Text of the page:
August 13, 2018 by Renee Tavoularis


By Paula Simpson 


The skin is the largest organ of our body. Inside the body, it protects all biochemical and physiological functions, while externally it is the barrier against environmental aggressors and pollutants.  As a “visual” organ, the skin is the first image that others see of us.  If the skin is healthy and radiant, this is a good reflection of one’s inner health and well-being.  

Although skin appears smooth to the eye, it is a complex organ with many layers and biochemical functions that work together to renew and repair itself. As we age skin metabolism and cellular renewal slows down, leaving it more susceptible to internal and external stressors that can degrade its structure and function, necessitating an integrated skincare approach.


The appearance of your skin (and how well it ages) is influenced by many factors including genetics, dietary and environmental stressors and pollutants, hormonal changes and metabolic processes. Today we know a combination of these factors lead to cumulative changes in skin health and appearance. 

Skin aging typically begins around age 30. Fine lines and wrinkles, photo-damage, loose skin and volume loss begin to appear in the 30s and onward. Premature skin aging is most impacted by environmental stressors from UV rays and urban pollutants, especially if skin is not healthy or protected. UV rays have the most dramatic effect on skin aging because it initiates reactive free radicals (or oxidative stressors,) and a series of biochemical reactions in skin tissue that promote inflammation and suppress skin immunity, leading to premature skin aging.

The aging process affects skin structure, function and appearance. Typical changes include:

  • Decreased dermal circulation,
  • epidermal thinning,
  • sluggish cellular turnover,
  • decreasing collagen and elastin fibers,
  • abnormal water binding (hydration)
  • decreased lipid content.


Your skin is a direct reflection of your inner health.

Health, nutrition and skincare experts all discuss specific recommendations for the shifting needs for healthy skin as we age.  Beauty brands promote targeted age specific products from managing blemished prone skin to age defying skincare. As each industry remains independent of the other, we lose the opportunity to best nourish and protect our skin through the aging cycle. By focusing on a “holistic” approach and paying attention to the unique nutrient and skincare needs in each age cycle, the skin can be at its healthiest at every age. So rather than “fighting” the aging process, embracing an integrated regimen that includes good skincare, nutrition and lifestyle habits will result in the healthiest skin possible.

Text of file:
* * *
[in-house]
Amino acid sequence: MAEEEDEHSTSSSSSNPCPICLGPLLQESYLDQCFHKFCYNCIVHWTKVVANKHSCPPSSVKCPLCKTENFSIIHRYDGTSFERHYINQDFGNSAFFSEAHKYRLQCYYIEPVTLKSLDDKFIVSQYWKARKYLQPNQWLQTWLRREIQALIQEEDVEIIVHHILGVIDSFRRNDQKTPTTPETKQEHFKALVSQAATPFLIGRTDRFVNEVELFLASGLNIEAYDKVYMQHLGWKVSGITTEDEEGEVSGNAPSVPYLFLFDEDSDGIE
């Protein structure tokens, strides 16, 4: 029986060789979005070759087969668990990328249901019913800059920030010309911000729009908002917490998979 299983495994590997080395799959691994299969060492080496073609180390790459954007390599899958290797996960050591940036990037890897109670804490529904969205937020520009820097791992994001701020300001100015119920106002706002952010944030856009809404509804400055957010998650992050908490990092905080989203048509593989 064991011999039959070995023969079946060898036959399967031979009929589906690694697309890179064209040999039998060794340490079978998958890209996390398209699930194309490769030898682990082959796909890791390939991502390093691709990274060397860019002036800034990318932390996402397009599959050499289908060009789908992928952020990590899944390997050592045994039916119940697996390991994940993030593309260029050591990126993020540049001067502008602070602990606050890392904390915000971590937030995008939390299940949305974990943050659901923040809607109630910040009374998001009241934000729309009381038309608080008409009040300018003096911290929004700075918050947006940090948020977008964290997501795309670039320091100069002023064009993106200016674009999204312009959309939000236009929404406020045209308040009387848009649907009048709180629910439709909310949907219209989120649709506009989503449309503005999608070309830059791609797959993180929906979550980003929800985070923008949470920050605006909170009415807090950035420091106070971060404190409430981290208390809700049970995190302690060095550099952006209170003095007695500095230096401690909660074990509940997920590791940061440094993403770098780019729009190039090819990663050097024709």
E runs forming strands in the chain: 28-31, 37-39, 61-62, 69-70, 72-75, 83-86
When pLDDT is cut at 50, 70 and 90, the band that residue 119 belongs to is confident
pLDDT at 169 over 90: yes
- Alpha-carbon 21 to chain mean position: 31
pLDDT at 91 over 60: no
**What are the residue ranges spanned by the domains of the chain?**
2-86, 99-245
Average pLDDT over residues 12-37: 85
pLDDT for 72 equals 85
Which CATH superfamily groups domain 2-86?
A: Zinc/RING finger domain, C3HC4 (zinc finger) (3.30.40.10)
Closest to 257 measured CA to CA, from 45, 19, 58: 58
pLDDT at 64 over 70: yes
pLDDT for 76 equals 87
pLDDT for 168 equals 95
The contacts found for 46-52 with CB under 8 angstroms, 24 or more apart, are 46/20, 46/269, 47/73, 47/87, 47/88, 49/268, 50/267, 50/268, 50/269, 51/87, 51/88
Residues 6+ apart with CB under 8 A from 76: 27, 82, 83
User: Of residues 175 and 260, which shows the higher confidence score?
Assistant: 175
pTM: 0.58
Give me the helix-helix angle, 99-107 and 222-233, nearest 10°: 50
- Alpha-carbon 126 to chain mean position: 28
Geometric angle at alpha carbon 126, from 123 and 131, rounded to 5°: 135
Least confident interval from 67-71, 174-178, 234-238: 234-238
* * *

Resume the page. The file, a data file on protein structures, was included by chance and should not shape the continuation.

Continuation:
“In a society that puts attractiveness on high regard, healthy skin is a part of this asset in “looking good” and can be protected and cared for with proper skin care and good nutrition”

A critical, and often ignored component to support the health and beauty of skin is Nutrition 

Due to the incredible nutrient demands the skin places on the body, it is hard to ignore the role of nutrition and its potential impact on skin health. When we are properly nourished and our digestion is healthy, bioavailable nutrients reach skin tissue through the inner dermal layer (dermis,) providing essential nutrients that promote new skin cell production, protect and stabilize the structural integrity of skin. Newly formed skin cells move upward toward the outer skin layer (epidermis,) and if the skin is healthy, it is here that is will show its natural radiance. Typically, new skin cells are formed every 3 weeks but as we age this renewal cycle slows down due to less blood circulation and oxygen reaching skin tissue. As cell turnover slows down it takes longer for new skin cells to reach the outer skin layer (epidermis,) and this leads to build up of dead surface skin cells, dull complexion and rough skin texture. As skin metabolism and immunity become sluggish with age, nutrition and supplementation become more prevalent to keep it looking its best. 

“Research in dermatology and skin nutrition have linked gut and skin microbiome as well as stress, diet and lifestyle on total skin health. Clinical data also shows the typical Western diet challenges us to obtain those nutrients most pertinent for healthy skin and, in fact, may encourage chronic skin conditions such as acne and atopic dermatitis” 

Nutrition and Supplementation work systemically at the cellular level and throughout the whole body to support: 

  • A healthy skin cell renewal cycle (which slows down as we age)
  • Protect the skin from environmental stressors such as UV induced skin damage (photo-aging,)
  • Protect the structural foundation of the skin from age related degradation (such as collagen, to keep skin firm)
  • Control inflammatory or reactive skin conditions 


Healthy Skin Begins with a Healthy Gut. Our digestive system contains hundreds of different species of bacteria that may be either beneficial or harmful to our health. More than 70% of our important immune cells live in the gut and are dependent on healthy gut flora.